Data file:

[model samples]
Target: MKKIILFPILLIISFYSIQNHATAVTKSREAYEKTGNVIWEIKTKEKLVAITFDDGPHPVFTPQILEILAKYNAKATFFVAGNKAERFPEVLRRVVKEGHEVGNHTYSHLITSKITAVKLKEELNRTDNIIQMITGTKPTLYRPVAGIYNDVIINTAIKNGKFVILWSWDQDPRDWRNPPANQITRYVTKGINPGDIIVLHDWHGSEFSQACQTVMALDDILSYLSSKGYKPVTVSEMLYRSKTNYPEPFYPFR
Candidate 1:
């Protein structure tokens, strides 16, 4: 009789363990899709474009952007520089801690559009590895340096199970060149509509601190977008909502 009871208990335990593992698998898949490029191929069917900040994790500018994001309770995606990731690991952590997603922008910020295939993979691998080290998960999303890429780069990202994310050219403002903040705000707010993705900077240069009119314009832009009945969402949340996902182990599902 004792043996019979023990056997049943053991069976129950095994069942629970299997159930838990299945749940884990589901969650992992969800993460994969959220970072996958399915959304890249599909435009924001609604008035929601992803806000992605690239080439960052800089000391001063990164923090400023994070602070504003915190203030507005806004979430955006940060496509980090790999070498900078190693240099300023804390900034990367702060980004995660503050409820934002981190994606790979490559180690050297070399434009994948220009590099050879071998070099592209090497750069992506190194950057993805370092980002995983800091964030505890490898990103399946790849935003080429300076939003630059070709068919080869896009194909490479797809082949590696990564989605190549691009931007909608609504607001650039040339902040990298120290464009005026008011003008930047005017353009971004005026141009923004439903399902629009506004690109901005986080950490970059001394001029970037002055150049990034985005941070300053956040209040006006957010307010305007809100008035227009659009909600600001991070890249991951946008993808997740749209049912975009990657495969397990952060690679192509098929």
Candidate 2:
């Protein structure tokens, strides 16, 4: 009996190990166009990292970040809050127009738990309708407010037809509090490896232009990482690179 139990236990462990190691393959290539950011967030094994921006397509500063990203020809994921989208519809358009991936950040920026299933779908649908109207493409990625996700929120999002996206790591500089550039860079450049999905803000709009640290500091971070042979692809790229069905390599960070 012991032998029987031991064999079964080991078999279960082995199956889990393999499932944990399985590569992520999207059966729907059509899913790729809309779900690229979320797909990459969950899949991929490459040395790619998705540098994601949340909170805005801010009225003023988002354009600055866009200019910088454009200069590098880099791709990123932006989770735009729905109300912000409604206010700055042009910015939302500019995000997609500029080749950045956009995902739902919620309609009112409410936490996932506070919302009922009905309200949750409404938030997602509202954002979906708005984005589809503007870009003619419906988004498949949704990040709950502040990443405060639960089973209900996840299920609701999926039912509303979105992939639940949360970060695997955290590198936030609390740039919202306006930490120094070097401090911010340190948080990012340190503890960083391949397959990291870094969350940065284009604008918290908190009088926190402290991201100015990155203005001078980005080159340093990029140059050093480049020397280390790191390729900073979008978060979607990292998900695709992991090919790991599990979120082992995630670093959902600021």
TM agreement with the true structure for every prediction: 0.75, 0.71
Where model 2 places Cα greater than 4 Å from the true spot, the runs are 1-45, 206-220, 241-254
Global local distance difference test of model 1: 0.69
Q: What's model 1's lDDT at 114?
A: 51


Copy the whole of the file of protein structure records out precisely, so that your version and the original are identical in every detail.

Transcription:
[model samples]
Target: MKKIILFPILLIISFYSIQNHATAVTKSREAYEKTGNVIWEIKTKEKLVAITFDDGPHPVFTPQILEILAKYNAKATFFVAGNKAERFPEVLRRVVKEGHEVGNHTYSHLITSKITAVKLKEELNRTDNIIQMITGTKPTLYRPVAGIYNDVIINTAIKNGKFVILWSWDQDPRDWRNPPANQITRYVTKGINPGDIIVLHDWHGSEFSQACQTVMALDDILSYLSSKGYKPVTVSEMLYRSKTNYPEPFYPFR
Candidate 1:
């Protein structure tokens, strides 16, 4: 009789363990899709474009952007520089801690559009590895340096199970060149509509601190977008909502 009871208990335990593992698998898949490029191929069917900040994790500018994001309770995606990731690991952590997603922008910020295939993979691998080290998960999303890429780069990202994310050219403002903040705000707010993705900077240069009119314009832009009945969402949340996902182990599902 004792043996019979023990056997049943053991069976129950095994069942629970299997159930838990299945749940884990589901969650992992969800993460994969959220970072996958399915959304890249599909435009924001609604008035929601992803806000992605690239080439960052800089000391001063990164923090400023994070602070504003915190203030507005806004979430955006940060496509980090790999070498900078190693240099300023804390900034990367702060980004995660503050409820934002981190994606790979490559180690050297070399434009994948220009590099050879071998070099592209090497750069992506190194950057993805370092980002995983800091964030505890490898990103399946790849935003080429300076939003630059070709068919080869896009194909490479797809082949590696990564989605190549691009931007909608609504607001650039040339902040990298120290464009005026008011003008930047005017353009971004005026141009923004439903399902629009506004690109901005986080950490970059001394001029970037002055150049990034985005941070300053956040209040006006957010307010305007809100008035227009659009909600600001991070890249991951946008993808997740749209049912975009990657495969397990952060690679192509098929």
Candidate 2:
């Protein structure tokens, strides 16, 4: 009996190990166009990292970040809050127009738990309708407010037809509090490896232009990482690179 139990236990462990190691393959290539950011967030094994921006397509500063990203020809994921989208519809358009991936950040920026299933779908649908109207493409990625996700929120999002996206790591500089550039860079450049999905803000709009640290500091971070042979692809790229069905390599960070 012991032998029987031991064999079964080991078999279960082995199956889990393999499932944990399985590569992520999207059966729907059509899913790729809309779900690229979320797909990459969950899949991929490459040395790619998705540098994601949340909170805005801010009225003023988002354009600055866009200019910088454009200069590098880099791709990123932006989770735009729905109300912000409604206010700055042009910015939302500019995000997609500029080749950045956009995902739902919620309609009112409410936490996932506070919302009922009905309200949750409404938030997602509202954002979906708005984005589809503007870009003619419906988004498949949704990040709950502040990443405060639960089973209900996840299920609701999926039912509303979105992939639940949360970060695997955290590198936030609390740039919202306006930490120094070097401090911010340190948080990012340190503890960083391949397959990291870094969350940065284009604008918290908190009088926190402290991201100015990155203005001078980005080159340093990029140059050093480049020397280390790191390729900073979008978060979607990292998900695709992991090919790991599990979120082992995630670093959902600021």
TM agreement with the true structure for every prediction: 0.75, 0.71
Where model 2 places Cα greater than 4 Å from the true spot, the runs are 1-45, 206-220, 241-254
Global local distance difference test of model 1: 0.69
Q: What's model 1's lDDT at 114?
A: 51